Internment of asylum children at Trandum

Karin Anddersen SV stortinget Internment Single MinorsKarin Anddersen (SV). Photo: Stortinget.no

Parliament does not put the foot down against internment of asylum children

The Socialist Party (SV) requires evaluation of alternatives to asylum children being interned before being sent out of the country. The majority are not willing to consider reviewing internment before summer.

 

The Socialist Party was supported by the Christian Democrats and the Liberals, but no one else. The majority wants to postpone discussing the matter. This due to that the Government’s proposals for changes to the Immigration Act will be processed in the autumn. the proposal contain several alternatives to internment that will be reviewed.

– Internment of children should only be an extreme measure for extreme cases, not a common part of the Government’s tightening- and determent policy, says SV’s Karin Andersen.

– Children are never responsible for what the parents do. The authorities should protect the children and safeguard their rights regardless, she points out.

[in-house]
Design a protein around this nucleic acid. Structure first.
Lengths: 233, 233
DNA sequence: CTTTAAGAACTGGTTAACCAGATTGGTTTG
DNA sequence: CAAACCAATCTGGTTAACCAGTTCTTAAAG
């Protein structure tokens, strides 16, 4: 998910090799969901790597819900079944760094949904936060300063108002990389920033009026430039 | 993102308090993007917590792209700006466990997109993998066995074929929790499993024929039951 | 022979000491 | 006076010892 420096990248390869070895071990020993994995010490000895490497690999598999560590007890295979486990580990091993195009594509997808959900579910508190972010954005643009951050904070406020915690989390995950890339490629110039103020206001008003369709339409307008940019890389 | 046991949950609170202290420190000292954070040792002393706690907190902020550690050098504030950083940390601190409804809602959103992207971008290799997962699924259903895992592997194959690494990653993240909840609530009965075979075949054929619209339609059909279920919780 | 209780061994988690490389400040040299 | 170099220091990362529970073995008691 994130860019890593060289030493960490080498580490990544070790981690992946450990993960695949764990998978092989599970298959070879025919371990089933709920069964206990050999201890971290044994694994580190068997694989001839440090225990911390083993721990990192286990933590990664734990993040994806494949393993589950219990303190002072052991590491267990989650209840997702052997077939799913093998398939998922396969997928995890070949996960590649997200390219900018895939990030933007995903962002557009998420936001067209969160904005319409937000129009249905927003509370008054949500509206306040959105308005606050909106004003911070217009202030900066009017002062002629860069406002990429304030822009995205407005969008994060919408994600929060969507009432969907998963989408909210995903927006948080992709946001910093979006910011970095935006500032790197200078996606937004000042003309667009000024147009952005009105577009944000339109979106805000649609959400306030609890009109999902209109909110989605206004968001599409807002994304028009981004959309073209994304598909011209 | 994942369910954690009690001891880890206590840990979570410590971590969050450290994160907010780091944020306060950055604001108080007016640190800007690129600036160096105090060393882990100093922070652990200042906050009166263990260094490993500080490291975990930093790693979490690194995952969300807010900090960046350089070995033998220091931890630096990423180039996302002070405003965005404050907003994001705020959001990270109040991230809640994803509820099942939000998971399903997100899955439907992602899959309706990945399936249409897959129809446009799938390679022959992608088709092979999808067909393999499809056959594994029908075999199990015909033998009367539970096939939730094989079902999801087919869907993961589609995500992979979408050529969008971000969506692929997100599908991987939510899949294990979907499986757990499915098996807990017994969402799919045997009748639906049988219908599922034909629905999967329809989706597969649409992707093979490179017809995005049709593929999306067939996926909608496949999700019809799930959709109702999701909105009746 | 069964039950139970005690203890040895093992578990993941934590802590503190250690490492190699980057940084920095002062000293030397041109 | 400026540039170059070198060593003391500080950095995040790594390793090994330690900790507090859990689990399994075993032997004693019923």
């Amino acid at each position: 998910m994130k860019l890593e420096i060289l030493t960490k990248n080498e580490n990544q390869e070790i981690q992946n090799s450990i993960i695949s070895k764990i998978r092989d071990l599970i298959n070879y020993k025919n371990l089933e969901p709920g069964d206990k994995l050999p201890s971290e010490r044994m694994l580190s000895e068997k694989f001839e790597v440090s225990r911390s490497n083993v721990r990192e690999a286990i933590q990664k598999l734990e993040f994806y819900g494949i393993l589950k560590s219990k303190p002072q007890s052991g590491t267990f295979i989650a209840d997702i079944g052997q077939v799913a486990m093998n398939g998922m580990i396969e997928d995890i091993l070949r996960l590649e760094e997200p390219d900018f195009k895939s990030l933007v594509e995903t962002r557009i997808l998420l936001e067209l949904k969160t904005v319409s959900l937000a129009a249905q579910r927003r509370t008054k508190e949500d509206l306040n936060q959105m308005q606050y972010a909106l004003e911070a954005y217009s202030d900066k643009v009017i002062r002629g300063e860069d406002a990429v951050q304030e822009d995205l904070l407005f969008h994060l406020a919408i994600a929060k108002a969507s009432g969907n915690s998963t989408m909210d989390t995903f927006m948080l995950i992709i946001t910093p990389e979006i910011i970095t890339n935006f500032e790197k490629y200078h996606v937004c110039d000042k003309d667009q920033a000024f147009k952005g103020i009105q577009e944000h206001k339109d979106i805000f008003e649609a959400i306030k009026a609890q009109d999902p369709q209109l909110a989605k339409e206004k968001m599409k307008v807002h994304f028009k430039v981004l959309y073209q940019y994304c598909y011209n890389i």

State sentenced to pay compensation

SV also ask the Government to suspend internment of unaccompanied minor asylum seekers who are denied stay. Before they are sent out of the country.

Asylum seekers are interned if the Government believes there is a danger that they will attempt to evade deportation.

Recently, the state is sentenced by the court of law to pay compensation for having interned two parents and their four children aged 7-14 years for 20 days at the Immigration Detention Centre at Trandum in 2014.

Facts about Trandum Camp (Wikipedia)

The Immigration Detention Centre at Trandum is Norway’s only closed detention centre for foreigners. Foreigners can be held in internment there.  Main cause is if they are to be expelled from the country, or in connection with determining the identity.

The custody center is located just north of Oslo. To be precise, at Oslo Airport Gardermoen’s eastern runway in Ullensaker municipality in Akershus. It is run by the Police Immigration Unit.

The Immigration Internment Centre is not a prison in the formal sense. It is not run by the Correctional Service, and the legal procedures for arrest and detention follow the Immigration Act (§ 106).

Design and operation is however, similar to a high security prison. The judicial procedures are close to the criminal prosecution. Arrest (up to 72 hours) is decided by police attorneys. Internment (for 2-4 weeks at a time) is decided by the court.

 

© NTB Scanpix / wikipedia.org /Norway Today

 

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